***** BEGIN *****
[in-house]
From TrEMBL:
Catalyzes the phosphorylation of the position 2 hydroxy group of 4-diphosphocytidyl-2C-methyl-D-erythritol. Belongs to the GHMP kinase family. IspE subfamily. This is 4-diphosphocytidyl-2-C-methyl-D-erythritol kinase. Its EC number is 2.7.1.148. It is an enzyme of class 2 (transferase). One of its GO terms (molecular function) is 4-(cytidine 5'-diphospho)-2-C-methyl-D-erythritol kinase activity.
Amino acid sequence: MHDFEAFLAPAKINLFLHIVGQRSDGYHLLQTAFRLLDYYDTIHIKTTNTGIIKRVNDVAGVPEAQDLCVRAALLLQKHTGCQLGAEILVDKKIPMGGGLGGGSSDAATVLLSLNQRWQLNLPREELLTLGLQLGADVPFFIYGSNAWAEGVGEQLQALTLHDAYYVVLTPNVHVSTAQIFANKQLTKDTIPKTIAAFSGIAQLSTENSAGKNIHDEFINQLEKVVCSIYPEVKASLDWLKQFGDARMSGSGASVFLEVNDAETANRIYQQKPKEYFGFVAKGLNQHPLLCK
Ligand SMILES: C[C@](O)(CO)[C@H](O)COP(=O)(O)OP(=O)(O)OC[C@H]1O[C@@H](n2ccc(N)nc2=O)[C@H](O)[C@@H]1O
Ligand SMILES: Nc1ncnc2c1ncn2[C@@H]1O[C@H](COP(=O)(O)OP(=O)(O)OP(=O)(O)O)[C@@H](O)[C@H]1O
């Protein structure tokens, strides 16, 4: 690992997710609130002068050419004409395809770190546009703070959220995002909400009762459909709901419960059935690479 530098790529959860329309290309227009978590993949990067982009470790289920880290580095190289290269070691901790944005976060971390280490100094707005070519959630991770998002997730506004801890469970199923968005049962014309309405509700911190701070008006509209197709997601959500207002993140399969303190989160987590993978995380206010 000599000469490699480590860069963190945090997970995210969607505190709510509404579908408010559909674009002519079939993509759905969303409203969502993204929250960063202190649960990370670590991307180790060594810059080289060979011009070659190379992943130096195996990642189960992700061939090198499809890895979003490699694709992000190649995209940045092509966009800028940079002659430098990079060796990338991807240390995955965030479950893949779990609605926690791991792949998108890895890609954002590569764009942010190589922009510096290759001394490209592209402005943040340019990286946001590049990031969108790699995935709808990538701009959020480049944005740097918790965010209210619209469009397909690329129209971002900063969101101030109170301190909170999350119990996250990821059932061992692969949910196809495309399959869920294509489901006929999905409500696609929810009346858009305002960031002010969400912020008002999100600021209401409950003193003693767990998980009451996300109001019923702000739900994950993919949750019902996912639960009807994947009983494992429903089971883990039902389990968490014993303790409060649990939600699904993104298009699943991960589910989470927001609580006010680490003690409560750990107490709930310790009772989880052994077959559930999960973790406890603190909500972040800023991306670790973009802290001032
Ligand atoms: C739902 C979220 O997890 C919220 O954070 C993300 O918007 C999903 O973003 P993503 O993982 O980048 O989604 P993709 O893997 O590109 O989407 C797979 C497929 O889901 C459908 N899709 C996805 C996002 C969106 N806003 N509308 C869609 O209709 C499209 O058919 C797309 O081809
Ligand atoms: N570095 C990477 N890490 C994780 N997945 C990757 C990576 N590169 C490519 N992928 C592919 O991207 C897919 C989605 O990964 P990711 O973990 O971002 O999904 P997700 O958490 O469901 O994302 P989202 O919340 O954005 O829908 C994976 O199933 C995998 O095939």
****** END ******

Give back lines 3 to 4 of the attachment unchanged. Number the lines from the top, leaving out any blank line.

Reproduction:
Catalyzes the phosphorylation of the position 2 hydroxy group of 4-diphosphocytidyl-2C-methyl-D-erythritol. Belongs to the GHMP kinase family. IspE subfamily. This is 4-diphosphocytidyl-2-C-methyl-D-erythritol kinase. Its EC number is 2.7.1.148. It is an enzyme of class 2 (transferase). One of its GO terms (molecular function) is 4-(cytidine 5'-diphospho)-2-C-methyl-D-erythritol kinase activity.
Amino acid sequence: MHDFEAFLAPAKINLFLHIVGQRSDGYHLLQTAFRLLDYYDTIHIKTTNTGIIKRVNDVAGVPEAQDLCVRAALLLQKHTGCQLGAEILVDKKIPMGGGLGGGSSDAATVLLSLNQRWQLNLPREELLTLGLQLGADVPFFIYGSNAWAEGVGEQLQALTLHDAYYVVLTPNVHVSTAQIFANKQLTKDTIPKTIAAFSGIAQLSTENSAGKNIHDEFINQLEKVVCSIYPEVKASLDWLKQFGDARMSGSGASVFLEVNDAETANRIYQQKPKEYFGFVAKGLNQHPLLCK